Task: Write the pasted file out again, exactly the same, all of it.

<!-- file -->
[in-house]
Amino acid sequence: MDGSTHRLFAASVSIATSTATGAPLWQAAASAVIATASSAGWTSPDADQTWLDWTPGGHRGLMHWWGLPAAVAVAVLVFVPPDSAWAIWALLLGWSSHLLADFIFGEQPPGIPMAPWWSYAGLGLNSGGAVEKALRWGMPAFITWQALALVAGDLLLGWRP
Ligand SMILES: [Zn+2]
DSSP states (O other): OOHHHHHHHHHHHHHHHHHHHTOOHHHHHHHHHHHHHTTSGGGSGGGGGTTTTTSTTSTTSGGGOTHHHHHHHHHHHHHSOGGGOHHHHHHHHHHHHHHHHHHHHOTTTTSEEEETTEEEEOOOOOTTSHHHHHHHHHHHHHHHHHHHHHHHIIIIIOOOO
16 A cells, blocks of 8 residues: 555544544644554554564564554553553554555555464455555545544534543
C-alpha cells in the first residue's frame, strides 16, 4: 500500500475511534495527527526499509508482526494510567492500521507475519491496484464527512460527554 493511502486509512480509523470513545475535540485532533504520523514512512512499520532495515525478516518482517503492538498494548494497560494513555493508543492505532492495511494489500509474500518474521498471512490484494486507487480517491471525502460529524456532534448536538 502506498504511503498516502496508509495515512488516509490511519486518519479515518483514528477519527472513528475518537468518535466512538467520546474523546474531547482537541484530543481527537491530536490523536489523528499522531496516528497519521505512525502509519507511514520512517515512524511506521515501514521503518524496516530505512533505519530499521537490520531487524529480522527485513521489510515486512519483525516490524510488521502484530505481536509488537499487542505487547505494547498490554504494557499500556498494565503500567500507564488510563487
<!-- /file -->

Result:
[in-house]
Amino acid sequence: MDGSTHRLFAASVSIATSTATGAPLWQAAASAVIATASSAGWTSPDADQTWLDWTPGGHRGLMHWWGLPAAVAVAVLVFVPPDSAWAIWALLLGWSSHLLADFIFGEQPPGIPMAPWWSYAGLGLNSGGAVEKALRWGMPAFITWQALALVAGDLLLGWRP
Ligand SMILES: [Zn+2]
DSSP states (O other): OOHHHHHHHHHHHHHHHHHHHTOOHHHHHHHHHHHHHTTSGGGSGGGGGTTTTTSTTSTTSGGGOTHHHHHHHHHHHHHSOGGGOHHHHHHHHHHHHHHHHHHHHOTTTTSEEEETTEEEEOOOOOTTSHHHHHHHHHHHHHHHHHHHHHHHIIIIIOOOO
16 A cells, blocks of 8 residues: 555544544644554554564564554553553554555555464455555545544534543
C-alpha cells in the first residue's frame, strides 16, 4: 500500500475511534495527527526499509508482526494510567492500521507475519491496484464527512460527554 493511502486509512480509523470513545475535540485532533504520523514512512512499520532495515525478516518482517503492538498494548494497560494513555493508543492505532492495511494489500509474500518474521498471512490484494486507487480517491471525502460529524456532534448536538 502506498504511503498516502496508509495515512488516509490511519486518519479515518483514528477519527472513528475518537468518535466512538467520546474523546474531547482537541484530543481527537491530536490523536489523528499522531496516528497519521505512525502509519507511514520512517515512524511506521515501514521503518524496516530505512533505519530499521537490520531487524529480522527485513521489510515486512519483525516490524510488521502484530505481536509488537499487542505487547505494547498490554504494557499500556498494565503500567500507564488510563487